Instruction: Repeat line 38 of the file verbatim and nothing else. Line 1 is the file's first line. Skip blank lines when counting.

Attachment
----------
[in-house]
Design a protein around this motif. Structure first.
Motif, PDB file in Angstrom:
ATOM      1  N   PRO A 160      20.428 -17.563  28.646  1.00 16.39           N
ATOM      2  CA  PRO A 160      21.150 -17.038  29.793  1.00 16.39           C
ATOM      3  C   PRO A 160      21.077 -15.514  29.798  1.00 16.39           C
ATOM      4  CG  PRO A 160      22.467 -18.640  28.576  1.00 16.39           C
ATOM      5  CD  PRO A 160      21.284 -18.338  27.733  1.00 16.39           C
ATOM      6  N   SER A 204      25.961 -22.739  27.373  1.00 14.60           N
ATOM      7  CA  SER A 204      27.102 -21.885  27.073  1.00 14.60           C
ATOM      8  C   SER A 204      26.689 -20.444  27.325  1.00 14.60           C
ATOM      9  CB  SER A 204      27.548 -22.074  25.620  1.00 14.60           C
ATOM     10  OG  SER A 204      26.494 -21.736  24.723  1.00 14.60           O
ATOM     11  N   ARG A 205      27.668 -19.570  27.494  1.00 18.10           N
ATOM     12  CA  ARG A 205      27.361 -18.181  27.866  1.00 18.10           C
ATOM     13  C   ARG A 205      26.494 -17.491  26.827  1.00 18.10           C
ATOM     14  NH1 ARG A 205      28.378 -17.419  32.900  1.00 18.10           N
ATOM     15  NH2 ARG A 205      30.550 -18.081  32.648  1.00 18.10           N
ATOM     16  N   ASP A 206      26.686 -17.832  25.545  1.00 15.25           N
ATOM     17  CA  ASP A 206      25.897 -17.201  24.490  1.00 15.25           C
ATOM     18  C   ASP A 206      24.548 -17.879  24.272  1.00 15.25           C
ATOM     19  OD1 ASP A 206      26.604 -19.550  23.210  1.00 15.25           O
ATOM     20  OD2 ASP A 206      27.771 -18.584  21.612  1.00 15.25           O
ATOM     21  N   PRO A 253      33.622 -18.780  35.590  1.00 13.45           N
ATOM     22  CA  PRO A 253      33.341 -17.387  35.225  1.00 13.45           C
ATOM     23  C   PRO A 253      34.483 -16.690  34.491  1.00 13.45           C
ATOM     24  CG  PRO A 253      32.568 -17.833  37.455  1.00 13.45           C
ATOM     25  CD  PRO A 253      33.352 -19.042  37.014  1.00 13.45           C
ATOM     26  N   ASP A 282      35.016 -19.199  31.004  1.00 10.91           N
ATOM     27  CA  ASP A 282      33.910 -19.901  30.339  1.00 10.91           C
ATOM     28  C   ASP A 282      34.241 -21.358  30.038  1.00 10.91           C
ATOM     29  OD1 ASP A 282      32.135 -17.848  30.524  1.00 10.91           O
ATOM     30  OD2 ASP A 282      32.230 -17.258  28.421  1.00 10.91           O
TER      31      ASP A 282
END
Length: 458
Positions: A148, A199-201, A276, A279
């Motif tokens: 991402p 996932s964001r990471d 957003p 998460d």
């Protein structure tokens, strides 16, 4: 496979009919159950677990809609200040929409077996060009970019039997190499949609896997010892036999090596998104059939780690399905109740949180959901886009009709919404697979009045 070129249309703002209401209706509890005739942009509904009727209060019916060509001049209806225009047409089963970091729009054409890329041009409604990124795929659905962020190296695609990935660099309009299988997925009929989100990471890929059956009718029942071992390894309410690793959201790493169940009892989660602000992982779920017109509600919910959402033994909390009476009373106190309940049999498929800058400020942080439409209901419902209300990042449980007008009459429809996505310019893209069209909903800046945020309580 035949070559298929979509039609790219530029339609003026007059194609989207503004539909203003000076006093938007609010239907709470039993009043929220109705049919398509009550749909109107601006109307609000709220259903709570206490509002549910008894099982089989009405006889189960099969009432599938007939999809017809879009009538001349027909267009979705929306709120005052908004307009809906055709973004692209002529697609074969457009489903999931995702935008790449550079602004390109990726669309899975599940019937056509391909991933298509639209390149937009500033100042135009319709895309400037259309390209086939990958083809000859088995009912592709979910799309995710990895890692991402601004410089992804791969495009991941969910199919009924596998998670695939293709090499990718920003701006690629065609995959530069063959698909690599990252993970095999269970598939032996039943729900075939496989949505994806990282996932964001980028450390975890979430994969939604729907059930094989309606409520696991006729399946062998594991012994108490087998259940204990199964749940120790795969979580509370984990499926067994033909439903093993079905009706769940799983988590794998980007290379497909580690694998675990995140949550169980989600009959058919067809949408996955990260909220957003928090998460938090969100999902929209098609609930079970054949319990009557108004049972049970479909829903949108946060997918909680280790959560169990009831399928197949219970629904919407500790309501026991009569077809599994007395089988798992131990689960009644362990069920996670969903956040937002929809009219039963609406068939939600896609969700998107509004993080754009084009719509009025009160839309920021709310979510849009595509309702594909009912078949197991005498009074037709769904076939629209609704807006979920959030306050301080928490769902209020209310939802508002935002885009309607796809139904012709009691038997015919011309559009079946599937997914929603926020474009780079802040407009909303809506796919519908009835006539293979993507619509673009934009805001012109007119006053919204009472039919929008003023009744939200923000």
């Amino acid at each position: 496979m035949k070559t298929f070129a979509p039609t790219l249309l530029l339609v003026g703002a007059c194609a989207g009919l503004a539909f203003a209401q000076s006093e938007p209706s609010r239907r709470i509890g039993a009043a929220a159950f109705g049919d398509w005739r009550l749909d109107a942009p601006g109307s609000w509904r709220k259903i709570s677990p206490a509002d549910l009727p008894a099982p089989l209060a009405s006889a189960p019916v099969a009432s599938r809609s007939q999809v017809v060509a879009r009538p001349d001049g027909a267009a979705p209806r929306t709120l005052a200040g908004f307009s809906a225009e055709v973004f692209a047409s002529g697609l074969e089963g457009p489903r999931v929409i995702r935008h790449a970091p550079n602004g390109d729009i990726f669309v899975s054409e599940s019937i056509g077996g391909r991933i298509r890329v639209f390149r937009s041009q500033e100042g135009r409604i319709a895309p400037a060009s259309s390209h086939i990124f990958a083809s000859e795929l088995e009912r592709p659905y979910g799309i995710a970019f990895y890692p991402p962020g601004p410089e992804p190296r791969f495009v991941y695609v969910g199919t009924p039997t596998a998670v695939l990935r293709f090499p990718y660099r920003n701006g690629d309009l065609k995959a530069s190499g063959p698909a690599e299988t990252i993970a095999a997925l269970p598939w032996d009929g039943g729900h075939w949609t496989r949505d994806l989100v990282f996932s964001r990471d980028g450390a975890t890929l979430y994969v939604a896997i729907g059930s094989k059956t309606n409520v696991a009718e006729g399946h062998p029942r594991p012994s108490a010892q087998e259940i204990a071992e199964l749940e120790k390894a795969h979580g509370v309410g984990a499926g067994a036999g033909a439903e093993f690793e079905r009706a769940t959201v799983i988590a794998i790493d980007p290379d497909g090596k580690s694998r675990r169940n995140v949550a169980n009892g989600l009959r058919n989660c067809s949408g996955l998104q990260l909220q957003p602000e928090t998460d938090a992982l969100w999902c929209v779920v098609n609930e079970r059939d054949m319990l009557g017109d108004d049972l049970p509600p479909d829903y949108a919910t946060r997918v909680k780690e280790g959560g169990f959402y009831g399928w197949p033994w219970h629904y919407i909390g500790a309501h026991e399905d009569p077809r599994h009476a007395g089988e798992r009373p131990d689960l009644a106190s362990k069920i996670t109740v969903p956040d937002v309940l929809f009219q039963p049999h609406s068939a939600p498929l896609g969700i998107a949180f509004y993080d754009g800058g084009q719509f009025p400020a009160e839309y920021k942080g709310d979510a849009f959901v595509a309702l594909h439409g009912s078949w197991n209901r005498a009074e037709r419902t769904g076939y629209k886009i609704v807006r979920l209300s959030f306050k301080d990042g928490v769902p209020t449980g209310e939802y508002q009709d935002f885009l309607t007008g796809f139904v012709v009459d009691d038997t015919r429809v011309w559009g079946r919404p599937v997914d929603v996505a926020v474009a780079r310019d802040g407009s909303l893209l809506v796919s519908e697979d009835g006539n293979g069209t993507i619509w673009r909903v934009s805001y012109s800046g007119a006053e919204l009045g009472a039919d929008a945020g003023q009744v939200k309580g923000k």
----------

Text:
């Motif tokens: 991402p 996932s964001r990471d 957003p 998460d």